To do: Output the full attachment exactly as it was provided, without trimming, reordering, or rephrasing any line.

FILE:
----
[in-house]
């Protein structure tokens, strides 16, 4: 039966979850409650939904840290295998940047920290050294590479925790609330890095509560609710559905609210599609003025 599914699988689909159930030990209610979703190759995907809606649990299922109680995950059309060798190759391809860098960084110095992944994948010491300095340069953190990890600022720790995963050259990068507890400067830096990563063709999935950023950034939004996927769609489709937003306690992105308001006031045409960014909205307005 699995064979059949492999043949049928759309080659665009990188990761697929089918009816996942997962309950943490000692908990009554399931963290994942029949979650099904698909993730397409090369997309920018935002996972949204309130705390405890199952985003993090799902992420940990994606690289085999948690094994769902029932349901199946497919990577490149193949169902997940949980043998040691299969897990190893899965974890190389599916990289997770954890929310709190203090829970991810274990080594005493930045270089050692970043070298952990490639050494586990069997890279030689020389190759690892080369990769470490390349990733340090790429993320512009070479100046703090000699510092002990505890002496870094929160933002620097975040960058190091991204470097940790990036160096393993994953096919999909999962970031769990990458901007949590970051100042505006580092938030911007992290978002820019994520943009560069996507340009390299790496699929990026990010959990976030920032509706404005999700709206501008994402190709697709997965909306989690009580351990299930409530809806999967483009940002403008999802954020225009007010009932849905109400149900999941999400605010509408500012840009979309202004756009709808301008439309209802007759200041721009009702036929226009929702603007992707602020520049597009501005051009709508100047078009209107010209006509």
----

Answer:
[in-house]
């Protein structure tokens, strides 16, 4: 039966979850409650939904840290295998940047920290050294590479925790609330890095509560609710559905609210599609003025 599914699988689909159930030990209610979703190759995907809606649990299922109680995950059309060798190759391809860098960084110095992944994948010491300095340069953190990890600022720790995963050259990068507890400067830096990563063709999935950023950034939004996927769609489709937003306690992105308001006031045409960014909205307005 699995064979059949492999043949049928759309080659665009990188990761697929089918009816996942997962309950943490000692908990009554399931963290994942029949979650099904698909993730397409090369997309920018935002996972949204309130705390405890199952985003993090799902992420940990994606690289085999948690094994769902029932349901199946497919990577490149193949169902997940949980043998040691299969897990190893899965974890190389599916990289997770954890929310709190203090829970991810274990080594005493930045270089050692970043070298952990490639050494586990069997890279030689020389190759690892080369990769470490390349990733340090790429993320512009070479100046703090000699510092002990505890002496870094929160933002620097975040960058190091991204470097940790990036160096393993994953096919999909999962970031769990990458901007949590970051100042505006580092938030911007992290978002820019994520943009560069996507340009390299790496699929990026990010959990976030920032509706404005999700709206501008994402190709697709997965909306989690009580351990299930409530809806999967483009940002403008999802954020225009007010009932849905109400149900999941999400605010509408500012840009979309202004756009709808301008439309209802007759200041721009009702036929226009929702603007992707602020520049597009501005051009709508100047078009209107010209006509």